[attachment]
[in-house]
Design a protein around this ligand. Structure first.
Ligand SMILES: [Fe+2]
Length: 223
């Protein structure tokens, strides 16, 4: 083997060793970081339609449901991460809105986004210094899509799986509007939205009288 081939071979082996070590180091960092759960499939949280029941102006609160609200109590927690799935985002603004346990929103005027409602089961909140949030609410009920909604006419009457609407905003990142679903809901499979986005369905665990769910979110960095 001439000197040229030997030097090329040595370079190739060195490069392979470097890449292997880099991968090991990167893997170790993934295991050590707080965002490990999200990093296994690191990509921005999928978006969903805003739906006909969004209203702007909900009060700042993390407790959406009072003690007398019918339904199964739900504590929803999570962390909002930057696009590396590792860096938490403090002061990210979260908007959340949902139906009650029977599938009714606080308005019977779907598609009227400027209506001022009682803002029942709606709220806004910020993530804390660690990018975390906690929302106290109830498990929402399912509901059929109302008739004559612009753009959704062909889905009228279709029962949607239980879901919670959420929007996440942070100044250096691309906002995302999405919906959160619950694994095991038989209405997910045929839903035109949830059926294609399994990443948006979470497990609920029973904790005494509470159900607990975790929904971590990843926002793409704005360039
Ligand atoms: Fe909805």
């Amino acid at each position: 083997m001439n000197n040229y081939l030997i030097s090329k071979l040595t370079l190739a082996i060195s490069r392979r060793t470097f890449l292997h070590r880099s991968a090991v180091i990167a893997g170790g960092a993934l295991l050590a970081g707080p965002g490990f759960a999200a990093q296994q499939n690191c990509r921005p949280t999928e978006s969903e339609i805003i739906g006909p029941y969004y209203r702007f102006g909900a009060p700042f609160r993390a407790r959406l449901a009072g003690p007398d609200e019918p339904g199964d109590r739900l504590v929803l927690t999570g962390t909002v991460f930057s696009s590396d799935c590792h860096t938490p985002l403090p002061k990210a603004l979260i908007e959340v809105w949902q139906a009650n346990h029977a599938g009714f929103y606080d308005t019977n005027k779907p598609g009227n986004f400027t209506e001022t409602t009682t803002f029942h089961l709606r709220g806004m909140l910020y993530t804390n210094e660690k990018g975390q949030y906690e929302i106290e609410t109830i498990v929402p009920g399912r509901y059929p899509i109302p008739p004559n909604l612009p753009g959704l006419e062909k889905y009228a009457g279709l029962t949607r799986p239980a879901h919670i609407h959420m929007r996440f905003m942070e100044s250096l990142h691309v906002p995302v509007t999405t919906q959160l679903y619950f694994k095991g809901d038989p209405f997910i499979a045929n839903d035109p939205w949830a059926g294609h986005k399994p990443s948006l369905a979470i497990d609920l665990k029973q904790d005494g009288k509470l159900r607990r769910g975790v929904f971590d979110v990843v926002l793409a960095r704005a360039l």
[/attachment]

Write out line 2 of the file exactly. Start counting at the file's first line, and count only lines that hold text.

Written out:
Design a protein around this ligand. Structure first.